There is the memory of winos (or tramps, hoboes as they were one known before the sanitizing “homeless”) and the memory of a friend who says to one of the begging crew of winos, “Now promise me you won’t waste this on food, and go out and buy some real rot-gut”.

I don’t know why I so easily sign on to Buckley’s reminiscing. Am I appeasing an old-timer who just seems to let himself fade-to-50s? What do I have in common with his 50s past in California? Of course, the answer is nothing and everything. I have to admit I put on my anthropologist’s hat and try to imagine that older California when I think about the current California, a place that I, as a Midwestern boy, will never presume to have figured out. Amid the crises of capital in the capitol, it is somewhat reassuring to imagine a kind of California that is a distant cousin to the current one. Again, it affords me the opportunity of thinking of the ways dinosaurs might have turned out—if it weren’t for the roll of the bones.

There are a few glitches among the references and reminiscing which should be brought to the attention of a reader. [I normally never comment on such things if there are just one or two mishaps; however, in a book that pays so much attention to resurrecting and reconstructing the past, I think it is important for the sake of authenticity to get these references right]. It is “Voit” not “Voigt” which is the name of a basketball manufacturing company. It is “cosine” not “cosign” which is a trigonometric function. It is “Bertrand Russell” not “Bertram Russell” who is the logical positivist philosopher. It is “Puccini” not “Pucini” who is the Italian opera composer. Most of these did not interfere with the reading (except maybe the “cosine” reference—was there a pun operating here I didn’t get? I don’t think Buckley resorts to puns very often, if at all.] I must presume that these are typos more than anything else. This then is an issue of quality control at University of Tampa Press. Are undergraduates doing the proofreading there?

Throughout his beachcombing, philosophical meandering and nostalgia-waxing, a bit of the surly outsider emerges, and for me this is the bow on the top of the gift box, the little accoutrement that makes one giddy with excitement when each new volume of his arrives. I’m not sure that the turn back in time would be so alluring if it weren’t for the non-conformist attitude that comes through in the present. One certainly gets the idea that Buckley is not the kind of person who has carefully groomed each decision as though he were awaiting a Supreme Court nomination. I like this. No poet should conduct his/her life as though he/she is waiting for a nod of approval from above, an appointment to preside over some kind of heavenly chamber.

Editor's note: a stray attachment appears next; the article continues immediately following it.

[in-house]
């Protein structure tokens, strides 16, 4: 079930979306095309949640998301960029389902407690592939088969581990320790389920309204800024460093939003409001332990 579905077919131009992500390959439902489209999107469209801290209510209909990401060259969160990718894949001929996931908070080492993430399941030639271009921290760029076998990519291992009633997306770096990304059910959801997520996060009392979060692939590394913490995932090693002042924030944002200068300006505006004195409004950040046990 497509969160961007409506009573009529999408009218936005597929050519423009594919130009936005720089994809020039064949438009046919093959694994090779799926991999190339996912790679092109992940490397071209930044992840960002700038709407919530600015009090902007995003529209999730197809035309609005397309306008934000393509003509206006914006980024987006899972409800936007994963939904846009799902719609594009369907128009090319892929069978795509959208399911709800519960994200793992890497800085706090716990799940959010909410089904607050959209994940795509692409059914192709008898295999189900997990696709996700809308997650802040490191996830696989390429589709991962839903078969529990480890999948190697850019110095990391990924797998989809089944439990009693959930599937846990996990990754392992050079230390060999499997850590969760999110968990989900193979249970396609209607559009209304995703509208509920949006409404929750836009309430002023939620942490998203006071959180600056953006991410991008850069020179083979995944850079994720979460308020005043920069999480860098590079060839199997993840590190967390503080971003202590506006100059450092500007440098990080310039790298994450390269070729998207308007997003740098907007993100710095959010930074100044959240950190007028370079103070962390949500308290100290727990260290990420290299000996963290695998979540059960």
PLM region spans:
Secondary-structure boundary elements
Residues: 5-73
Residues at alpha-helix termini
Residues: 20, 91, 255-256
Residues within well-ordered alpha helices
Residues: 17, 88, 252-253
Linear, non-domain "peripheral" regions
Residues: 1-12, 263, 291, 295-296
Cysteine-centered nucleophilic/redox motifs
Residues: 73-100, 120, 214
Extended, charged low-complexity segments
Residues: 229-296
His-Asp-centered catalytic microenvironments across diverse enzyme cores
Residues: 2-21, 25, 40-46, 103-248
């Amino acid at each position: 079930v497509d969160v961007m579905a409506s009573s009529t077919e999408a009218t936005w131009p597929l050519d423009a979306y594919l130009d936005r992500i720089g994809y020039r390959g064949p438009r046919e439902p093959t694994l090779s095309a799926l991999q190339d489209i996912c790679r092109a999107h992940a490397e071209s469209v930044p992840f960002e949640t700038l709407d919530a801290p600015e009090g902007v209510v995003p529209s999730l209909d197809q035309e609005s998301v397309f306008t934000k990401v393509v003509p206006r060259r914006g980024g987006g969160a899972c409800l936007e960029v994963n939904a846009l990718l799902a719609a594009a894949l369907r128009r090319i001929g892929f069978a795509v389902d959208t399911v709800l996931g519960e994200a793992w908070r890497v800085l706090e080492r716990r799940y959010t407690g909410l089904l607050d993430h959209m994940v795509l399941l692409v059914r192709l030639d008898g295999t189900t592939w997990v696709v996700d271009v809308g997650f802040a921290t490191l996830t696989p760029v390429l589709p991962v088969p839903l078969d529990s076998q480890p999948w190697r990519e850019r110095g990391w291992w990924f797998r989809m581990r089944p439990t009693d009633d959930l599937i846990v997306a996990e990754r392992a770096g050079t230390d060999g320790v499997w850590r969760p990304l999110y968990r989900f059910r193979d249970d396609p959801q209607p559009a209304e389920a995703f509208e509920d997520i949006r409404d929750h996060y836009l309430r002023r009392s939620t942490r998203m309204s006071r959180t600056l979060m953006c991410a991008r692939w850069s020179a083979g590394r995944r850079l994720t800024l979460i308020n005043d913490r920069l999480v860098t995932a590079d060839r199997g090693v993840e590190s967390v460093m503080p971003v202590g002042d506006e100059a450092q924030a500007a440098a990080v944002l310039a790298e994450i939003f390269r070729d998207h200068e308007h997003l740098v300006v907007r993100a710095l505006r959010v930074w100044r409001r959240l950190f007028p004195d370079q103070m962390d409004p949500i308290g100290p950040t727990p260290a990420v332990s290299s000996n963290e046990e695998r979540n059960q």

Religion plays a no minor role in Rolling the Bones also. God and the beyond is the continual foil in Buckley’s cosmological proceedings. The deus ex machina is invoked as comic relief most of the time. However, there are mentions of attending Catholic School and listening to Reverend Ike on the radio, which bring the high-minded yet wise-cracking theologian down to earth. Buckley recognizes that is hard to ignore the fleshly pursuits of organized religion. And also because he recognizes, through Einstein, that God does not play dice.

What Einstein Means to Me

I don’t give a good goddamn
anymore what anyone thinks,
just like Albert Einstein sticking
his tongue out at the press,
J. Edgar Hoover, and anyone else
poking their nose in, in his famous photo—
how it lightens my reckless and irregular heart
each time I see it.
                Not that I’m
offering any comparisons here,
having received my diploma
in Theoretical Physics from a home
correspondence course requiring
50 years of star-gazing and 500 box tops
from Nabisco Shredded Wheat.
I just admire that self confidence